by Shea Karssing, Smarter Business

As the people of Great Britain wait with bated breath for the March 29th deadline for a deal for the country to leave the European Union (Brexit), industry is starting to prepare for a ‘no deal’ Brexit inasmuch as possible.  While the British government has issued assurances that they are implementing measures make the process a smooth one, it is unsurprising that the nation is preparing for any eventuality.  

One area that stands to be notably affected by a ‘no deal’ Brexit is the translocation of waste. For those involved in such waste shipments, it is suggested you become au fait with the predicted changes in the case of a ‘no deal’ Brexit on 29 March.


The guiding European Union (EU) legislation and guidelines on waste is predicated on the worries surrounding illegal waste movements and the burden on receiving states.  The EU legislation is particularly focused on the health and environmental concerns associated with such waste, as well as the requirement of waste as a raw material for recycling or recovery. The currently applicable international and EU legislation does not require a licence to be obtained for shipments of waste between the EU and the UK as union states.

The Basel Convention  

Under the Basel Convention, written consent is required in order to effect an international shipment of waste.  The reason for this is to ensure receiving nations are appraised of the nature of the waste and can offer assurances around its disposal. The Organisation for Economic Co-operation and Development (OECD) provides the framework for its implementation around transboundary waste movement.

EU Waste Shipment Regulations

Under these regulations, waste for disposal may not be shipped to extra-EU countries and European Free Trade Association (EFTA) members and export of hazardous waste to OECD members is prohibited.

Transfrontier Shipment of Waste Regulations

These United Kingdom regulations outline the authorities, offences, and penalties within the UK.

The OECD decision

Classifies waste as green or amber according to risk levels – those that pose least threat to human health and those requiring control in terms of risk.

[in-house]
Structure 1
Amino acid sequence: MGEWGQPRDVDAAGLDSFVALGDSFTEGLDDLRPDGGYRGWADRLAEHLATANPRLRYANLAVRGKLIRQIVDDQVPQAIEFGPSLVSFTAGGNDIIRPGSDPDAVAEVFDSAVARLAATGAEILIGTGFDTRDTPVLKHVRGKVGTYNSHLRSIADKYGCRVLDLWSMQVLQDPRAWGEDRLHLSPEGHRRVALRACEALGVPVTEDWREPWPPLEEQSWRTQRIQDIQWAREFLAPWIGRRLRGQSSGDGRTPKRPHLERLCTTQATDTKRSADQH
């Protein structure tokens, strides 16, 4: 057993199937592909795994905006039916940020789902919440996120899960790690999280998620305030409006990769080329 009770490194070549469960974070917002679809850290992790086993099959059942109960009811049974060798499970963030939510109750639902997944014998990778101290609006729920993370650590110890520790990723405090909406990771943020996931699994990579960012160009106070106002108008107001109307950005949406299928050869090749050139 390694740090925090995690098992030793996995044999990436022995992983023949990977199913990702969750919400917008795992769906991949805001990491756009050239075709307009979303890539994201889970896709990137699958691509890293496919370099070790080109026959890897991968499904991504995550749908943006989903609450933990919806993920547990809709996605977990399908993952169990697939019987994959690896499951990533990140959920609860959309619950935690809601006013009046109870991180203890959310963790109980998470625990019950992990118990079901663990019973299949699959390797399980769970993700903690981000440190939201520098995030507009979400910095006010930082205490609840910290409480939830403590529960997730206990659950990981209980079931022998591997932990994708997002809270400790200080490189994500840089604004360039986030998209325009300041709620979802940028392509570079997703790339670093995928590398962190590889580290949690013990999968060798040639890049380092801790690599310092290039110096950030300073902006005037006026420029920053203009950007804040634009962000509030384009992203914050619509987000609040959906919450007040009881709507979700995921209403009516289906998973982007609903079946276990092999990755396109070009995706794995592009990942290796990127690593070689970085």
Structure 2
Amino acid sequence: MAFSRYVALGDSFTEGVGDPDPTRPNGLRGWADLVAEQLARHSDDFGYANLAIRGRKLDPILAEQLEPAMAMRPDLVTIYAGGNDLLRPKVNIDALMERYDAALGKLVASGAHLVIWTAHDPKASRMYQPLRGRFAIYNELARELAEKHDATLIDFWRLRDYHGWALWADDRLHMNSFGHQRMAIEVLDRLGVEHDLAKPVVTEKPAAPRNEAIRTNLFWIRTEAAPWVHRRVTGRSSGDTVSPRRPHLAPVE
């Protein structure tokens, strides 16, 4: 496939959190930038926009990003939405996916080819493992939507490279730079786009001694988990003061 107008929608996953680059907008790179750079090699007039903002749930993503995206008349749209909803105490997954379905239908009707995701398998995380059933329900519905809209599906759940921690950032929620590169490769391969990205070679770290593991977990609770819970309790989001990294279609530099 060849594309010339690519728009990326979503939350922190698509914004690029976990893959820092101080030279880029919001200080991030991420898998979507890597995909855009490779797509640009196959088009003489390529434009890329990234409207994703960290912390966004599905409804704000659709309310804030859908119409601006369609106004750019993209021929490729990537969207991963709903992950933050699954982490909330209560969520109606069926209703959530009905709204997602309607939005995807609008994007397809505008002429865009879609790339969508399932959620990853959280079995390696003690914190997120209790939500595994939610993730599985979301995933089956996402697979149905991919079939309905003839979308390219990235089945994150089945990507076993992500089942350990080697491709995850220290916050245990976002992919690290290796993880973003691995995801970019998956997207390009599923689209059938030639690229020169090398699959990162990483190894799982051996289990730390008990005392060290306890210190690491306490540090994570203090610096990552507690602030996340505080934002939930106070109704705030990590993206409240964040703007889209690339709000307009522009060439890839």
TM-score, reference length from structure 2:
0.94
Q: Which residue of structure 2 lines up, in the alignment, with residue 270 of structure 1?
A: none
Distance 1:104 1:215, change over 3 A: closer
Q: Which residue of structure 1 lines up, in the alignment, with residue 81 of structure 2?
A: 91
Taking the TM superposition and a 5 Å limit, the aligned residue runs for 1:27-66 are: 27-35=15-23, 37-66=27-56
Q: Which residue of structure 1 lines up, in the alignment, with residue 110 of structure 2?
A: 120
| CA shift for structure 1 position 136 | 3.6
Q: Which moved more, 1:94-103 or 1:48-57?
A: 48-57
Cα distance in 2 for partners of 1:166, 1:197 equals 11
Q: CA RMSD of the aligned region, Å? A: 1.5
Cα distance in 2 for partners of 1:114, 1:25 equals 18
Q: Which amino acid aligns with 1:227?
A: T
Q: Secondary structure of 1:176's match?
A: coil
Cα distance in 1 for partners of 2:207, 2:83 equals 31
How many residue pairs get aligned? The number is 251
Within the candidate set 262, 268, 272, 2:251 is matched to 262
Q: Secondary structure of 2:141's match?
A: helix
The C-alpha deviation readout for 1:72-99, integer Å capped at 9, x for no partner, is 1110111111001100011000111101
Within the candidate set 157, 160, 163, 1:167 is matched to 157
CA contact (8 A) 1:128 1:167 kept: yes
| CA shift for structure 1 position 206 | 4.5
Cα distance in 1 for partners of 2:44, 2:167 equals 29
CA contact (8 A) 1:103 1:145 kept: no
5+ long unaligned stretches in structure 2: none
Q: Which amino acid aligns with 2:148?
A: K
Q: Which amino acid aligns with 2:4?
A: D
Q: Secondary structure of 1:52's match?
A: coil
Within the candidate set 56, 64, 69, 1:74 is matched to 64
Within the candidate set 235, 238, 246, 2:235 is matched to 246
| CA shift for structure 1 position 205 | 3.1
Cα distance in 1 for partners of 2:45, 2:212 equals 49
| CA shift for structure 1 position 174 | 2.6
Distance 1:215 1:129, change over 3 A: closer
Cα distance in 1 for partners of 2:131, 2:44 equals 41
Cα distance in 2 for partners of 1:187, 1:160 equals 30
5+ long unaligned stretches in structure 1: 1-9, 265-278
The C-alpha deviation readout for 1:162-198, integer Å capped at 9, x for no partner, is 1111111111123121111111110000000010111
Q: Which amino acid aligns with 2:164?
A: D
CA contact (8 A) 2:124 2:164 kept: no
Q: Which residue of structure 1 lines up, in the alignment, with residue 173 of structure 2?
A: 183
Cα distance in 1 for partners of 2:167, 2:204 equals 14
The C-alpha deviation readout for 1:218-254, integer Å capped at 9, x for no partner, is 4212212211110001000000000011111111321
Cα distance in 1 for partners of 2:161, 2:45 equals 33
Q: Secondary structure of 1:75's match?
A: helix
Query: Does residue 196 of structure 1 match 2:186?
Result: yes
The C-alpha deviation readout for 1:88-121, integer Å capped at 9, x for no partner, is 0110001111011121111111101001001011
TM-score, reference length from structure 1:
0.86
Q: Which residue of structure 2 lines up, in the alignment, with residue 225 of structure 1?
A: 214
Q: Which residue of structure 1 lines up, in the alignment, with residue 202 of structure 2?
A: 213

A change in status

If no agreement is reached in March, EU law would no longer apply to the UK, which would become a “third country”  rather than a “member state” for purposes of waste export for disposal and recovery. However, the UK will remain a member of the Organisation of Economic Co-operation and Development (OECD) and bound by the Basel Convention.

Governed by regulation

Regulation (EC) 1013/2006 will govern the treatment of waste imports and, as a party to the Basel Convention and a member of the OECD, the international regulations contained in their rules would continue to apply.


The 27 EU states would be prohibited from exporting waste for disposal and mixed municipal waste for recovery to the 27 UK.


Imports into a member of the EU-27 and from the EU to the UK will be allowed subject to re-approval of the requisite licences.


While no changes are anticipated on green waste (for wastes presenting low risk for human health and the environment) recovery between Ireland and the UK, as well as amber waste (wastes presenting sufficient risk to justify their control) imports to the UK for recovery, imports into the UK for disposal and mixed municipal waste for recovery from Ireland may be affected.

While the government is giving due cognizance to the UK’s shared borders, movement of this waste between Northern Ireland and the Republic of Ireland hinges on the terms of the final agreement.  Brexit may also affect the eligibility of certain waste types to contribute to Ireland’s waste management targets depending on the treatment of that waste. In broad terms, this includes electronic and electric waste, batteries and accumulators; municipal waste for re-use and recycling, demolition and construction waste for re-use, recovery, and recycling; packaging and end-of-life vehicles for recovery and recycling.

For the most part, the substantive requirements of provisions will remain largely unchanged and alterations to existing regulations are expected to maintain the operability of existing processes around waste shipments.


Assess consent

If you have received consent for waste shipments, their status may change subsequent to withdrawal – with consent potentially being void, requiring re-submission, or facing additional customs requirements and obligations.

For exports into the EU

According to UK Department of the Environment, Food, and Rural Affairs (DEFRA), the UK “would be treated in the same way as any other OECD country, or country that is party to the Basel Convention, looking to export waste to an EU country.”  This would mean the submission of a duly reasoned request to the authorities detailing the reasons why and the inability of acquiring disposal facilities within its own borders.  In the case of exports of waste for disposal, this duly reasoned request would have to be submitted by the government to the EU before the UK exporter can submit notifications.

Get to know customs regulations

UK exporters would be well-advised to apply the customs guidelines around waste imports into the EU.

Waste for recycling

The Green Control procedure outlined in the WSR and OECD decision remains unchanged.

Get advice

Keep an eye out for announcements and government notices, in particular from DEFRA.  In the face of these uncertain times, it makes sense to get advice from the professionals and shape the way forward for your processes and systems to be prepared for any outcome.

About the author

Smarter Business is one of the UK’s leading independent consultancies, helping businesses secure the most comprehensive savings solutions from utilities contract management and procurement to business loans and facilities maintenance.